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ISO/IEC 27021
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ISO/IEC 27021 Information technology — Security techniques — Competence requirements for information security management system professionals (draft)

Introduction

In order to stabilize the market for training and certifying professionals for ISO27k implementation and audits, a standard is planned that will lay out the competence requirements for ISMS professionals.

Scope

The standard concerns the knowledge, skills and competencies required in respect of ISO/IEC 27001, 27002, 27005 and 27007 i.e. the management of information security.

The standard does NOT specify a personal certification or qualification scheme as such, but in effect serves as a reference for the bodies that run such schemes.

The standard does NOT cover auditor competence.

Purpose and justification

Various training and certification organizations are already active in the information security field, several of which offer ISO27k-related courses and qualifications such as the ISO/IEC 27001 Lead Auditor and Lead Implementer designations. At present, they make up their own curricula and assessment criteria with no guidance from ISO/IEC except the other ISO27k standards. ISO/IEC 27021 should provide a degree of commonality between the various qualifications, giving recruiters and employers greater confidence in the quality, competence and suitability of qualified candidates and employees.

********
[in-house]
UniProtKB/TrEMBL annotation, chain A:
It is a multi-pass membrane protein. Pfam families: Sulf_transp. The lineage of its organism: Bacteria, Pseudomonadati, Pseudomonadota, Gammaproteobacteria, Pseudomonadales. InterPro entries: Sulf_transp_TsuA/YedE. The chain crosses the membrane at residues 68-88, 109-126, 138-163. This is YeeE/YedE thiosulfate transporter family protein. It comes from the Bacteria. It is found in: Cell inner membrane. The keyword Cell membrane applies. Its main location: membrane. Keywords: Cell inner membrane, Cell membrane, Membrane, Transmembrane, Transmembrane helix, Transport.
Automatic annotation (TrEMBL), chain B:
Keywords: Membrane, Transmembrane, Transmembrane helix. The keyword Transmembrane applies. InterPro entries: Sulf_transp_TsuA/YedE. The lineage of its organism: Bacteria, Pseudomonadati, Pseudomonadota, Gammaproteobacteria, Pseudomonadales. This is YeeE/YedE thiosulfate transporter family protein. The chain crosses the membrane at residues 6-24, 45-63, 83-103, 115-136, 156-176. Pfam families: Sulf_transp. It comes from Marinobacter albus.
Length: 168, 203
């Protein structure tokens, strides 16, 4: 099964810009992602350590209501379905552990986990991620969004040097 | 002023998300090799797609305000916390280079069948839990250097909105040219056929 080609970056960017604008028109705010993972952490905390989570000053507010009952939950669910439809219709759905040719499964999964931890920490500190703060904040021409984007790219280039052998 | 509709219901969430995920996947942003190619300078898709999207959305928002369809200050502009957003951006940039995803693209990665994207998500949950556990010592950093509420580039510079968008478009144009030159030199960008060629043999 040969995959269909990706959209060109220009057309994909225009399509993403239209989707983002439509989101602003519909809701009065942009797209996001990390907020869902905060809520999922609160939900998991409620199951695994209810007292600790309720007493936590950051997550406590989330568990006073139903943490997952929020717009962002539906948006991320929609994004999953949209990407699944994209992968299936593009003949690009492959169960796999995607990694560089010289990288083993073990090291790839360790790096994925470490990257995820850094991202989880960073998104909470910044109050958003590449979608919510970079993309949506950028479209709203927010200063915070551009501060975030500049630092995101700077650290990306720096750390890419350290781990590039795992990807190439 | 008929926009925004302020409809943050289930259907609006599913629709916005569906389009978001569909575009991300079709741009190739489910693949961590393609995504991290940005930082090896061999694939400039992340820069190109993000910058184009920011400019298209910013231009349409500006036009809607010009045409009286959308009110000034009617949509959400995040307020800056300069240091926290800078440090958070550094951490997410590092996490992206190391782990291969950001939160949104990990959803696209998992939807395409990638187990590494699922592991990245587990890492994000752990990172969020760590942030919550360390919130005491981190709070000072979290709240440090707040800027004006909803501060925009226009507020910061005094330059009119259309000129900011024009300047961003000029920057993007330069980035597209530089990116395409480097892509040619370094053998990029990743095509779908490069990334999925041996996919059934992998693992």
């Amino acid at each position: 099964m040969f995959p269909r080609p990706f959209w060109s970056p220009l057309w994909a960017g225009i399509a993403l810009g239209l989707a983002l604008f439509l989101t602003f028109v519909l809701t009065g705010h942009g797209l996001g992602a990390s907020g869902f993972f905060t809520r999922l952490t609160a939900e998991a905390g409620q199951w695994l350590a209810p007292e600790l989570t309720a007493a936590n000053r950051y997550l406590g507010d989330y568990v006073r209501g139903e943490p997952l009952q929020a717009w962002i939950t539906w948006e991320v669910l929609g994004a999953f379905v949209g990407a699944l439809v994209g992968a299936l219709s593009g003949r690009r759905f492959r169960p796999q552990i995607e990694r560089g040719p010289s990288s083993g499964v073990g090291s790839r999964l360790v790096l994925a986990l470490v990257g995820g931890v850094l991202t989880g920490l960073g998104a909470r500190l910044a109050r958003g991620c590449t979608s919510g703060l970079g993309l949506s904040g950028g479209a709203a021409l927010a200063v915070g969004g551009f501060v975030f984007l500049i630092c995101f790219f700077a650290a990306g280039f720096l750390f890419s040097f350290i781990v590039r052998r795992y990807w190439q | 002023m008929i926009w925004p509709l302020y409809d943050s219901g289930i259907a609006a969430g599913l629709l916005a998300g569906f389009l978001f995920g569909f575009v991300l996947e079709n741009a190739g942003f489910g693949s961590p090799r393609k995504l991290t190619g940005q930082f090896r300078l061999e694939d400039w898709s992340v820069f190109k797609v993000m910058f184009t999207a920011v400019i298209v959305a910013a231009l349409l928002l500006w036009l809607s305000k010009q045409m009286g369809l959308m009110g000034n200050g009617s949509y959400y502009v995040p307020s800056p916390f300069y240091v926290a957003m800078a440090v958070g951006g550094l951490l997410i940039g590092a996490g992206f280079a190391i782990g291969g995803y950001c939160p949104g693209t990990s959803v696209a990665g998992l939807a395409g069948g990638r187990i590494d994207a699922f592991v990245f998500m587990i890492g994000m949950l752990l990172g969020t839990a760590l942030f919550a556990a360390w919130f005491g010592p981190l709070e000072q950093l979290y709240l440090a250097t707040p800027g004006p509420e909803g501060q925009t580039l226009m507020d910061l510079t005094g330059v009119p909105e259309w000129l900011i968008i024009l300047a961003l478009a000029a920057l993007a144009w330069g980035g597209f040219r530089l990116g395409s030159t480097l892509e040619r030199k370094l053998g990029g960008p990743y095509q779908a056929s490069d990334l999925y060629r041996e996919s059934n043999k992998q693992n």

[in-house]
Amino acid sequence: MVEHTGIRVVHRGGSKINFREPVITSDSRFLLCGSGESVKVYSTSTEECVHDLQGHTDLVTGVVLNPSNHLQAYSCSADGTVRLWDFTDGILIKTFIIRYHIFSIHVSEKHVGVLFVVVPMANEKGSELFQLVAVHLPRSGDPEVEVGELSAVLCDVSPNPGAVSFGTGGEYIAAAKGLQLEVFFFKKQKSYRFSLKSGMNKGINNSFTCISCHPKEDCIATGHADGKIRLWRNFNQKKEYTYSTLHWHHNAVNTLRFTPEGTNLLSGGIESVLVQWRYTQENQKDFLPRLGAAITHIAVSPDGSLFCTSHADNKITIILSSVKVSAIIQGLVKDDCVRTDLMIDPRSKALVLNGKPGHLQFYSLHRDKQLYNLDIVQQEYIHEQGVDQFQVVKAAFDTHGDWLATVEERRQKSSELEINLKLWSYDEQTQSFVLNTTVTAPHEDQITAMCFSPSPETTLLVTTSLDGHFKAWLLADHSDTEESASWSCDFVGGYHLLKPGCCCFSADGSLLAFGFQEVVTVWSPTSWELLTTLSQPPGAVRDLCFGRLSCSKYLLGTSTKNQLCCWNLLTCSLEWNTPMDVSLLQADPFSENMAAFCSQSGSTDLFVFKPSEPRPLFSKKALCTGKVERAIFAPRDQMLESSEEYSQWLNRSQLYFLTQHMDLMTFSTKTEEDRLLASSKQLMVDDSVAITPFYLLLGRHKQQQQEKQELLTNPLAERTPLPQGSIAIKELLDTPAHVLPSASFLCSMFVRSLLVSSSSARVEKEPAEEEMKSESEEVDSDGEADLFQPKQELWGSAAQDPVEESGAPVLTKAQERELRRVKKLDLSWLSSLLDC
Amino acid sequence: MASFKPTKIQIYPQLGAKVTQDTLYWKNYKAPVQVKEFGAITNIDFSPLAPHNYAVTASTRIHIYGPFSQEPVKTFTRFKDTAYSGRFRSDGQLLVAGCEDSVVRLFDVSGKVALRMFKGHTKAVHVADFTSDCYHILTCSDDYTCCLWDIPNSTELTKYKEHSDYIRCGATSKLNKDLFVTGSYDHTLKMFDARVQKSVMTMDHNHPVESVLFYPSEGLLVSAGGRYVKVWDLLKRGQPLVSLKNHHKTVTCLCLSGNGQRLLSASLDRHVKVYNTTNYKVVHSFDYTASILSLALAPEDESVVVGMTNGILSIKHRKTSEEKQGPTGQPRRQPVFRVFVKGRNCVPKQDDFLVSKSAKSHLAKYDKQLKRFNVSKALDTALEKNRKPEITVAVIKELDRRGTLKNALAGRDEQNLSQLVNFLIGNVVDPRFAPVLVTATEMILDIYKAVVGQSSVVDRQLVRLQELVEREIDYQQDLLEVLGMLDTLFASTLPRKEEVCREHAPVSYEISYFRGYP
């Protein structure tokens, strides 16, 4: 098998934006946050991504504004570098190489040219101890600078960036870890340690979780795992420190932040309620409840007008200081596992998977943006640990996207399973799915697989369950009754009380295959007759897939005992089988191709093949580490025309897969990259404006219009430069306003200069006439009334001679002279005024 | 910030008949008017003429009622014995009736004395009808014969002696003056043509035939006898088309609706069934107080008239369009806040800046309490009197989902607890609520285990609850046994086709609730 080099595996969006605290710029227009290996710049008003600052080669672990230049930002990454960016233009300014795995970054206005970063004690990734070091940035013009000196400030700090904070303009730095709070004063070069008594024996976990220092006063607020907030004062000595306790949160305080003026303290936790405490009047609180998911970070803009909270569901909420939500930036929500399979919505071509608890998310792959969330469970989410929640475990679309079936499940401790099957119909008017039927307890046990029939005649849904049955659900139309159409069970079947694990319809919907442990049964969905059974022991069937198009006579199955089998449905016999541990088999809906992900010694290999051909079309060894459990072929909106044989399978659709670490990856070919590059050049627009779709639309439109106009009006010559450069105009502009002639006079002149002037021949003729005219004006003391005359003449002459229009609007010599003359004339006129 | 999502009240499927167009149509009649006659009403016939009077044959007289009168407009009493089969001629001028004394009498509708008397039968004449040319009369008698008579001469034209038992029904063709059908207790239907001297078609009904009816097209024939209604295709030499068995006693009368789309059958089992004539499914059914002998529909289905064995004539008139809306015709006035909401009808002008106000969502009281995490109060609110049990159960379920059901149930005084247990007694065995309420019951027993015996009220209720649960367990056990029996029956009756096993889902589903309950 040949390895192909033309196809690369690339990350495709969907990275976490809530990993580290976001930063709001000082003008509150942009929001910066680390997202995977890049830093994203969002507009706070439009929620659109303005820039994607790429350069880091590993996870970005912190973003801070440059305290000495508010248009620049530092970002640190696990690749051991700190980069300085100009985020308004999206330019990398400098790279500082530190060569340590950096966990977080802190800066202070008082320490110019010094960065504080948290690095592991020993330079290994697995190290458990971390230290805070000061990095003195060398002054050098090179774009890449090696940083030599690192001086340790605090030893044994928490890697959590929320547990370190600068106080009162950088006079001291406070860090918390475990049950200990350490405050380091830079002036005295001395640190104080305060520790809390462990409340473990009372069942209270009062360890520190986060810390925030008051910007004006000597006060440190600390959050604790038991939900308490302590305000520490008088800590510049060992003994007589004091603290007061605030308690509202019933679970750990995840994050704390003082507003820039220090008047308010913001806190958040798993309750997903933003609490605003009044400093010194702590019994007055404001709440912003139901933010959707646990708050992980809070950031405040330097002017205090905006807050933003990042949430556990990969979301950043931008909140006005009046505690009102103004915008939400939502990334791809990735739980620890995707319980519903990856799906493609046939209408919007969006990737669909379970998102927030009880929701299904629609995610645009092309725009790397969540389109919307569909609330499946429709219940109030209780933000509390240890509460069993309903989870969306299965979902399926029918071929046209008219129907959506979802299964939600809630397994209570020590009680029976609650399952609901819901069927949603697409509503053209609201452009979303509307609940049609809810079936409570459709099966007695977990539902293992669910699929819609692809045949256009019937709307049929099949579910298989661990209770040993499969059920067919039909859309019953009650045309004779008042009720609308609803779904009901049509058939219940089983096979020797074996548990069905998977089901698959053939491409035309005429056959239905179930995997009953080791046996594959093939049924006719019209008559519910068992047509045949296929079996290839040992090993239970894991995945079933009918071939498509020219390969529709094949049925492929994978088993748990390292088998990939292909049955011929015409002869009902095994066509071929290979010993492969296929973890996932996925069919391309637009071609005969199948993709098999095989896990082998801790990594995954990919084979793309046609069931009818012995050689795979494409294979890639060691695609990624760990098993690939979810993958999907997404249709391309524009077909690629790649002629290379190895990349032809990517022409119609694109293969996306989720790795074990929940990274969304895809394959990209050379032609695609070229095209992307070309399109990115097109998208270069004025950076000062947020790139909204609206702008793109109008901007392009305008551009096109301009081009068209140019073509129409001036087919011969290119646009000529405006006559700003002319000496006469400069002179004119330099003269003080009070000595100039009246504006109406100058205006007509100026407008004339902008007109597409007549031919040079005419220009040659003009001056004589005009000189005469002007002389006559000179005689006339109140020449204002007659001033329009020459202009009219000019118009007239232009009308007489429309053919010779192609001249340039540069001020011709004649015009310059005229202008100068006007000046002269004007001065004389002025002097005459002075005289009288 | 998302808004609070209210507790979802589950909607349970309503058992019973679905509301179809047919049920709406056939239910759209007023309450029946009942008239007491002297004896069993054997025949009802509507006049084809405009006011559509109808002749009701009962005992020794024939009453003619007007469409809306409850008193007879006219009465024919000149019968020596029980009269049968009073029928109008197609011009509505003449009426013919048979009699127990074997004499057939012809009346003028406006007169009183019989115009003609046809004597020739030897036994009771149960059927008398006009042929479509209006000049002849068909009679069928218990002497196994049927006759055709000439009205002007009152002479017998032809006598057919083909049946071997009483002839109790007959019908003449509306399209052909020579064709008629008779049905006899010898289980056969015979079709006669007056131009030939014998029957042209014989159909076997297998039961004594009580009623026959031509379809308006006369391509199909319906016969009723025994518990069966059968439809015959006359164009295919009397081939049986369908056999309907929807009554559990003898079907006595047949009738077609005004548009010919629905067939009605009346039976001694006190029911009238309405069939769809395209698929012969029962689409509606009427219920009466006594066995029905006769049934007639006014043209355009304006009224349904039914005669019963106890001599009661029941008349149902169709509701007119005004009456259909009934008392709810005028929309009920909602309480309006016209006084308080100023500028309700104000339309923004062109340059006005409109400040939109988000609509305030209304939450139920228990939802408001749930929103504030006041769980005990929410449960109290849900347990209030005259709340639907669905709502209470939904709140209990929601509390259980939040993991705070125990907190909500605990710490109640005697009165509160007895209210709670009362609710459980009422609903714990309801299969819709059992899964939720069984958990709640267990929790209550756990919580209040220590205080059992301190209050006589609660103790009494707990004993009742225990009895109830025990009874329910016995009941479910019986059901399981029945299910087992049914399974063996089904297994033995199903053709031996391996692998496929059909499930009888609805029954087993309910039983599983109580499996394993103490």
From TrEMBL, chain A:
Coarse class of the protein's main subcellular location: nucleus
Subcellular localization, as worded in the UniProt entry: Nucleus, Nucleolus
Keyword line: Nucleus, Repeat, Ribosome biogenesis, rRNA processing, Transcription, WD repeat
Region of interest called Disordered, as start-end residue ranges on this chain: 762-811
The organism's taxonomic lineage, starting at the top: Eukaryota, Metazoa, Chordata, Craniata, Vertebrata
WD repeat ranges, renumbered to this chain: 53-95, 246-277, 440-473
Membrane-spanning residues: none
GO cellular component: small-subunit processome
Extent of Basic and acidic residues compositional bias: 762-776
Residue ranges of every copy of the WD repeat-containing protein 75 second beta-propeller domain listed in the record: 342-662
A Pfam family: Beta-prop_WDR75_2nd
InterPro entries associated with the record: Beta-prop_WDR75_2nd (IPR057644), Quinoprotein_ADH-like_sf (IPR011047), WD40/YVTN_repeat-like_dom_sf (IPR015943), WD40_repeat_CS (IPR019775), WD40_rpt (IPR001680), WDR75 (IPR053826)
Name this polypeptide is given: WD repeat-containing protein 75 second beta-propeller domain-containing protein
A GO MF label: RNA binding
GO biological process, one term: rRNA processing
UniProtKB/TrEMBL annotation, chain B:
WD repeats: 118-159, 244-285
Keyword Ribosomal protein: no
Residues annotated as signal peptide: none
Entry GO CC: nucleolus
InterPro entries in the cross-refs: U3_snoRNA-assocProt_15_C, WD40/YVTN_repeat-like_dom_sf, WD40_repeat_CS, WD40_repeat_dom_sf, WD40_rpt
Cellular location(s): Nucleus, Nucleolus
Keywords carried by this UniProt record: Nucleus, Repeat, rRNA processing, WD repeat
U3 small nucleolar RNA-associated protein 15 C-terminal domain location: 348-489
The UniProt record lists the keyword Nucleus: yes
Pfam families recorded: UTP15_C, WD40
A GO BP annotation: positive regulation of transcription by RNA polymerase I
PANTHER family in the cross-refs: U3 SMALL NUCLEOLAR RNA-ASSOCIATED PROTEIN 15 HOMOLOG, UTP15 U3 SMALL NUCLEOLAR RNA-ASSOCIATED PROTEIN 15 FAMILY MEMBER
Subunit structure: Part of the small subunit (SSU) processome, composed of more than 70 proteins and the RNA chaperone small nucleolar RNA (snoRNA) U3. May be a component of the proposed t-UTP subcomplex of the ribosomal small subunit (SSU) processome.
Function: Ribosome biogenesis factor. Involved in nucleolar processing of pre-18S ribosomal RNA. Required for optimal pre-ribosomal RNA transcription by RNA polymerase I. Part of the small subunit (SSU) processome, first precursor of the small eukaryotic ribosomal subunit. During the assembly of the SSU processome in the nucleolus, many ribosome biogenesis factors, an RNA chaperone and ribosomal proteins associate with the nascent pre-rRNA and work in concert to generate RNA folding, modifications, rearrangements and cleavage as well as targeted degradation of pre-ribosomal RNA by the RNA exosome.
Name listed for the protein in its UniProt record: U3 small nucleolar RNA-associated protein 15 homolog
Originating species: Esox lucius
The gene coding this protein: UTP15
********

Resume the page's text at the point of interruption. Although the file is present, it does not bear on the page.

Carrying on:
Status of the standard

The standard is at FDIS stage and should surface by the end of 2017.

A related New Work Item concerns competence requirements for information security testers and evaluators (e.g. pentesters).

Personal comments

The NWIP noted that the curriculum will need to be updated frequently, creating a problem for SC 27, hardly the most dynamic and responsive of bodies - not so much speed boat or even supertanker, as tectonic plate :-)

The four standards listed in the scope section above may be the ‘core standards’ but they represent just one tenth of the growing ISO27k suite. It could be argued that several others are nearly as important - ISO/IEC 27003 and 27004 for examples - which begs questions about the breadth and depth of knowledge and competencies expected of information security managers.

Another aspect is that (ISO27k notwithstanding) information security management is materially different in different types/sizes of organization, so perhaps there is a need for different levels or tiers of qualification (or practitioner maturity, you could say), from entry-level basics up to subject matter experts? A tiered scheme would also encourage career development and lifelong learning. Since the standard is intended to guide those developing courses and qualifications, it might make sense to incorporate or build the standard around a matrix listing the skills and competencies on one axis and the levels or tiers on another, indicating in the body of the matrix which items people at that level/tier are expected to know about and be competent to perform ... something like this perhaps:

 

Knowledge, skill or competency area

Entry level

Practitioner

Expert

Familiarity with the core ISO27k standards 27000, 27001, 27002 and 27005

Required

Required

Required

Familiarity with other ISO27k standards
e.g. 27003, 27004, 27007 ...

 

Suggested

Required

Information security and information risk management principles

Required

Required

Required

Information security and risk management methods, frameworks etc.

 

Suggested

Required

etc.

 

 

 

 

The idea of a tiered scheme has been agreed in principle by the project team, with e-CF and e-QF schemes (whatever they are!) being mentioned in comments: I will be fascinated to see how it pans-out in practice.

The standard now incorporates the idea of a BOK (body of knowledge) defined in the standard to cover the core aspects of governing and managing an ISMS, but extendable by organizations to address their specific additional requirements in this area.